What is the “Gray Divorce”? It refers to divorces involving individuals who are between the ages of 50 and 70—the “Baby Boomers” or people who might have gray hair (hence the clever nickname that has been created).
What’s the big deal, you ask? While U.S. divorce rates have declined slightly over the last 3 decades, the “gray divorce” rate has actually DOUBLED, according to Colette Allred for the National Center for Family & Marriage Research. On that note, an April 2021 report from the U.S. Census Department revealed that 34.9% of all Americans who divorced in 2020 were 55 years old or older.
But why the increase in divorces for those over the age of 50? There are countless reasons. For example, many of these couples are empty nesters. They spent the large majority of their marriage investing in their children, and now that their children are grown up and out of the house, they find that their marriage is simply not strong enough to survive. Additionally, people on the whole are healthier and living longer lives. Back in the day, turning 50 or 60 meant you were creeping up towards old age. Today, however, that’s not the case. These folks are younger (mind, body, and spirit) than ever before and are capable of amazing adventures, whether that is meeting the next loves of their lives, traveling, furthering their education, starting new careers. Turning 50 or 60 is not an impediment by any means; with the life experienced gained over the first parts of their lives, it’s actually quite the opposite. Also, retirement is partly to blame. Some retired couples find that the increase in time spent together is not a source of happiness, or perhaps the couple is really no longer compatible in terms of their interests, their communication styles, and the way they want to spend their time. Being together 24/7 in retirement can be a rude awakening to these couples, who are asking themselves, do I really want to spend my silver years with this person?
What are the issues impacting the gray divorce? For one, income and access to income. Naturally, as one gets older, the closer he or she gets to retirement or perhaps the individuals in the gray divorce have already retired. One major question is what access do the parties in a gray divorce have to income and for how long? And, is alimony even going to be a possibility considering folks may be nearing retirement and be losing their steady flow of employment income? Are there retirement funds that they can divide in their divorce and subsequently live on? What can either party expect in terms of social security income, and what is the best approach to take in terms of when to begin collecting same? It is very wise for a family law attorney, in gray divorce, to work a financial planner/advisor, as the family law attorney will want to ensure that the client’s financial future is as secure as possible. Divorce might change what was originally envisioned by the couple in their retirement years, but with the right planning and professionals involved, it is possible to create a secure financial future based on the new circumstances.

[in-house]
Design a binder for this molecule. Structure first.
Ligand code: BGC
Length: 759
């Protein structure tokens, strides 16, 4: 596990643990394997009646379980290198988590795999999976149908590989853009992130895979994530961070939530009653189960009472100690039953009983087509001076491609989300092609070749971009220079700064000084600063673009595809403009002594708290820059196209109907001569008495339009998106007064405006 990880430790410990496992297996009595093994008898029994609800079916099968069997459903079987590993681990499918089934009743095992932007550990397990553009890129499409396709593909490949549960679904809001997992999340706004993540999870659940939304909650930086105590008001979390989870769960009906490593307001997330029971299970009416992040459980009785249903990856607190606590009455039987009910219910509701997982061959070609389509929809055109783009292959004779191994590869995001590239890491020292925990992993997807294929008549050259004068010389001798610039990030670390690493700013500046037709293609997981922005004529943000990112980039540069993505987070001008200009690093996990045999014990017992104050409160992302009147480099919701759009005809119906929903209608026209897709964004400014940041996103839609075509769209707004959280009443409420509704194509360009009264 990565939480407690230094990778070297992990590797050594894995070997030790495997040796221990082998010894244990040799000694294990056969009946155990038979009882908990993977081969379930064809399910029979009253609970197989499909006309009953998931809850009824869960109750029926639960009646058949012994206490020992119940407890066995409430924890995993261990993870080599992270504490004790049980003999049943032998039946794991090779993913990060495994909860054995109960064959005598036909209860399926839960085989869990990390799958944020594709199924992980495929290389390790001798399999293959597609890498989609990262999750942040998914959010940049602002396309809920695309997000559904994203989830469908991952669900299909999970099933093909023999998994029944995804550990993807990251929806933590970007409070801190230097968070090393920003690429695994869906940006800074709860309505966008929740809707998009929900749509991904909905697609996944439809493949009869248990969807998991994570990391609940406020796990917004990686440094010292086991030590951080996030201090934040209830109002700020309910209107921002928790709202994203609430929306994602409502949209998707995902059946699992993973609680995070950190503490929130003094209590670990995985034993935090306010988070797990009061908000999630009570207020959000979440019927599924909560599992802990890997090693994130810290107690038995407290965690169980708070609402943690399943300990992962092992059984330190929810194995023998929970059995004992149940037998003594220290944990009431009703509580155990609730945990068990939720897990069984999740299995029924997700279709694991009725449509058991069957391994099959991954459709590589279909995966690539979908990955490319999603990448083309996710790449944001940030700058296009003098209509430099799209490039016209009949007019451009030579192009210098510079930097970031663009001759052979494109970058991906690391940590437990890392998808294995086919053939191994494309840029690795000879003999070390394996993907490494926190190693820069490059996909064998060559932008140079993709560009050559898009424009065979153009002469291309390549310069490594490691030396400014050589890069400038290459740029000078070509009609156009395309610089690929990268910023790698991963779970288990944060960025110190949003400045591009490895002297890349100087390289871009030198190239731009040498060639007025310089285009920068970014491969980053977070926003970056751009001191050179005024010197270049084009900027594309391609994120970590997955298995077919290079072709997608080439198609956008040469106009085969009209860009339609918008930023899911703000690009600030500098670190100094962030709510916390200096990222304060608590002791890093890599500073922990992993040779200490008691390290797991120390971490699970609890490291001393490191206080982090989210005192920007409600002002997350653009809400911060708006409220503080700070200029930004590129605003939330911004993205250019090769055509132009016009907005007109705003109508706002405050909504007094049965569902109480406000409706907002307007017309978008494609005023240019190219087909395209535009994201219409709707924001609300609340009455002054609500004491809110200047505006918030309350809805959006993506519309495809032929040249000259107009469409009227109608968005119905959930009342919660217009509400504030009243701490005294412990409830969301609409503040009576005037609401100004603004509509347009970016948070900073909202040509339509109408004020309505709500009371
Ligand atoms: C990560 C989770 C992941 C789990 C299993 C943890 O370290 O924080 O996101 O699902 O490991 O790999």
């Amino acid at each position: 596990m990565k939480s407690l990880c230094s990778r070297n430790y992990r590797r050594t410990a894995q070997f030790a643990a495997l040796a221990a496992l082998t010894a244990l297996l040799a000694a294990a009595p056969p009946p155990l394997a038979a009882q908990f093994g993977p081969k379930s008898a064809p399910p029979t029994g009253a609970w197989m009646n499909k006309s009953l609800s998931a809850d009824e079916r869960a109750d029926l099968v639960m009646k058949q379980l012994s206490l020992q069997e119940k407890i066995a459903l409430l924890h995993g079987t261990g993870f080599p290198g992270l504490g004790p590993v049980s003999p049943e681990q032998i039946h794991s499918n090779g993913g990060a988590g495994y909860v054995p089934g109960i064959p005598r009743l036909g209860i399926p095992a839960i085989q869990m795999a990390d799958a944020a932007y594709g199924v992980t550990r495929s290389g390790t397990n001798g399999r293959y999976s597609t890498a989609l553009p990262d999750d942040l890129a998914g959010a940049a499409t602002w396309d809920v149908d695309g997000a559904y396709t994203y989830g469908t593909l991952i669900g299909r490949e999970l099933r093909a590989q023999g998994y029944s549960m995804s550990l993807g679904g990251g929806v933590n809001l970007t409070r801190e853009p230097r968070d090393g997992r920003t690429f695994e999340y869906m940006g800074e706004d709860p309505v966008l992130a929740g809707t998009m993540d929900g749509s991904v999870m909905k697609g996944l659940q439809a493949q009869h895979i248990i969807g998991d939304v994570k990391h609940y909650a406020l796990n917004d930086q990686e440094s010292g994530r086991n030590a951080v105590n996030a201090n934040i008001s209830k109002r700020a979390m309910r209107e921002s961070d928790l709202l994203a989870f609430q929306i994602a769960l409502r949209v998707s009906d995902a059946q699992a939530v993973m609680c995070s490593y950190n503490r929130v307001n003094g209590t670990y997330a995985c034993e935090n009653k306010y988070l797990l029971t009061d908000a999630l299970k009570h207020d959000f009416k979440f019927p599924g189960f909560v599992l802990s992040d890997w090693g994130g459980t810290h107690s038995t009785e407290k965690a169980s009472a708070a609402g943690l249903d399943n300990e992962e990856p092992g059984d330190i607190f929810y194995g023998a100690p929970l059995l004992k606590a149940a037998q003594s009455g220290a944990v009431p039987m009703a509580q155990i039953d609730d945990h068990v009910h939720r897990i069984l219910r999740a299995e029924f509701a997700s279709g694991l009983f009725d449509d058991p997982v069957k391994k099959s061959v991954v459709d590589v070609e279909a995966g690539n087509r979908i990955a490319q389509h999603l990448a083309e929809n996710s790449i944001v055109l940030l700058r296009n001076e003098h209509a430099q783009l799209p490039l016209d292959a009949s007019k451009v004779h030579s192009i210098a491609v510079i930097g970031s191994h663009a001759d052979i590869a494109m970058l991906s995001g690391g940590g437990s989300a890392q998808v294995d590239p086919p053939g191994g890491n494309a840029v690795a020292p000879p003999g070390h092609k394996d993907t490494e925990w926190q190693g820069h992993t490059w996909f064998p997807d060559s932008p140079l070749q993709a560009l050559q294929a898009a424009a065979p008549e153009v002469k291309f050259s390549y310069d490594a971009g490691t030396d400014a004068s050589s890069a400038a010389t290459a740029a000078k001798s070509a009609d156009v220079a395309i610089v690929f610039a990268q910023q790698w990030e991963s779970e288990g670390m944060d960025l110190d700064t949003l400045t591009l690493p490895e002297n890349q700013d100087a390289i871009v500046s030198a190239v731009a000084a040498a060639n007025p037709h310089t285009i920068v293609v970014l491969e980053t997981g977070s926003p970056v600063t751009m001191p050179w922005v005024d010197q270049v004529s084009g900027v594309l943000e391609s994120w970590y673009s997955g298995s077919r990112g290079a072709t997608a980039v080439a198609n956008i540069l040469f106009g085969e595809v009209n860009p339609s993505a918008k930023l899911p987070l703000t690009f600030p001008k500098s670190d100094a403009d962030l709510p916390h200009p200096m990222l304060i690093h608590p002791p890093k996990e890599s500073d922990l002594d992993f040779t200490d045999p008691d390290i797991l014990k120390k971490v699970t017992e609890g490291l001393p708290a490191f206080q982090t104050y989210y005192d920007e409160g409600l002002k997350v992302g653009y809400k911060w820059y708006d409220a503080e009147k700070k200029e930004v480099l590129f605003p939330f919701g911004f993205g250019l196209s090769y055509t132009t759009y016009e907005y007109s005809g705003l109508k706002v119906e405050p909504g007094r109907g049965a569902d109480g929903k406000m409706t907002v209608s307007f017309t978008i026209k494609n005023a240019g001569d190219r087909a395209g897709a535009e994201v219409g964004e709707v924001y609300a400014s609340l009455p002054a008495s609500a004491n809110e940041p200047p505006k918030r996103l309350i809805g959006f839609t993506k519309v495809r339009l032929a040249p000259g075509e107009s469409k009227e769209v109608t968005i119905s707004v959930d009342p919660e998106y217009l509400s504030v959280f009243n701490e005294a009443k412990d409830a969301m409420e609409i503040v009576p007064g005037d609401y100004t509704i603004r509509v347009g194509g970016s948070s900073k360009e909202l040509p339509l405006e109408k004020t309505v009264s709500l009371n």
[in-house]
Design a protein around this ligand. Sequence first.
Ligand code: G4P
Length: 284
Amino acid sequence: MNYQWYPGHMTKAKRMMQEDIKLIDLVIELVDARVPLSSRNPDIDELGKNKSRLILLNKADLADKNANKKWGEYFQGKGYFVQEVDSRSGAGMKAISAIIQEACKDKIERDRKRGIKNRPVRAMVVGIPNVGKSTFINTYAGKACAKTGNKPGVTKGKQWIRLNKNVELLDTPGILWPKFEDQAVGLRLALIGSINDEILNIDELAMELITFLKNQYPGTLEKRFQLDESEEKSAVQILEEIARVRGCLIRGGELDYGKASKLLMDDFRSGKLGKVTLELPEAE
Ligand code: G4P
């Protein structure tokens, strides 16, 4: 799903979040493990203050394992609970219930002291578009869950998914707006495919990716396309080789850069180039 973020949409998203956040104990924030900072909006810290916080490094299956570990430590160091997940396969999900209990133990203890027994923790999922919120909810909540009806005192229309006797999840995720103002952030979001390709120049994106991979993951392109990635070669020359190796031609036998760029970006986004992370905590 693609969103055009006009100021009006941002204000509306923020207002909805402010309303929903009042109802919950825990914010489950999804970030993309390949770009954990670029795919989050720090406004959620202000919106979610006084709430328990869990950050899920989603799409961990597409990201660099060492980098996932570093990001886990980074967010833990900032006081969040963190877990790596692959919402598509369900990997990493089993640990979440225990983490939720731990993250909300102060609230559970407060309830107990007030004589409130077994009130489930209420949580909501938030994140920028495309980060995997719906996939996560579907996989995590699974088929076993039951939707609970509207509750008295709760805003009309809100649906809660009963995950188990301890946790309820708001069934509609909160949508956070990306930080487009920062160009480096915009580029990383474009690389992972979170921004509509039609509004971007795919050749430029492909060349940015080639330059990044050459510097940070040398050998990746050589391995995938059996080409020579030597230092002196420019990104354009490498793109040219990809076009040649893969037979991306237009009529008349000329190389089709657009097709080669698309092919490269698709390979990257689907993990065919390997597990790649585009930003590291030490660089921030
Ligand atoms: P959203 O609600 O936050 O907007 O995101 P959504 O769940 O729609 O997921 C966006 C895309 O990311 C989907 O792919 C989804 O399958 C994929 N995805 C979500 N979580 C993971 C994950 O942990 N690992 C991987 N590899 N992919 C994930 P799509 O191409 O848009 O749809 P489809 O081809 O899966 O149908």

Second, healthcare. In all divorces, health care coverage is a big-ticket issue that must be addressed. But this becomes an even bigger priority in gray divorces. As we age, our health tends to decline, naturally. And, in retirement, the parties may not have access to the same level of health care coverage they once had. Further, there may be a period of time between when one retires and when he or she qualifies for Medicare, yet health care costs naturally continue. How will those be paid and what interim coverage can be obtained? Finally, one of the scariest issues to consider is long-term care. The person you thought would be there to care for you in your older age, your spouse, is no longer going to be there, and working with your divorce attorney as well as your estate planning attorney to ensure you have long term care coverage and can afford to sustain suddenly becomes very important.
Next, housing. Of course, in the gray divorce, what happens to the house, or as we so formally call it, the marital residence? Often times, the marital residence (which once housed the couple and their children and all of their stuff) is simply too big for one party or the other to retain. And, as we age, the less inclined we are to spend time and money maintaining that large residence. We don’t want to do the yardwork. We don’t want to pay the astronomical costs to replace a roof. What we typically see in a gray divorce is that folks want or need to downsize into a much more manageable, much easier to afford, home, townhouse, or condo, so the parties are motivated to sell the marital residence and to divide the sales proceeds in some manner. The hope for my gray divorce clients is that we can secure enough of the sale proceeds so that they can purchase a new residence in cash and enter their later years without the burden of a monthly mortgage payment. That’s obviously the best-case scenario. Nevertheless, working with your divorce attorney and financial advisor is smart, to ensure your next home is one you can afford and enjoy.
Should a gray divorce be intimidating? Absolutely not. It should be empowering. It is never too late to pursue freedom, peace, and happiness when you are in an unhealthy or unhappy marriage. Certainly, divorce is a transition and can be emotionally very difficult. However, with the right attorney representing you, and the right professionals assisting (financial advisor, therapist, etc.), the nuanced issues that may arise in your gray divorce can be smartly handled, so that can commence your next chapter of life with confidence and security.
If you are considering a gray divorce, Stephanie Wilson, Esq., of Stephanie Wilson Family Law, L.L.C., is excited to help you pursue the freedom, peace, and happiness that you so deserve.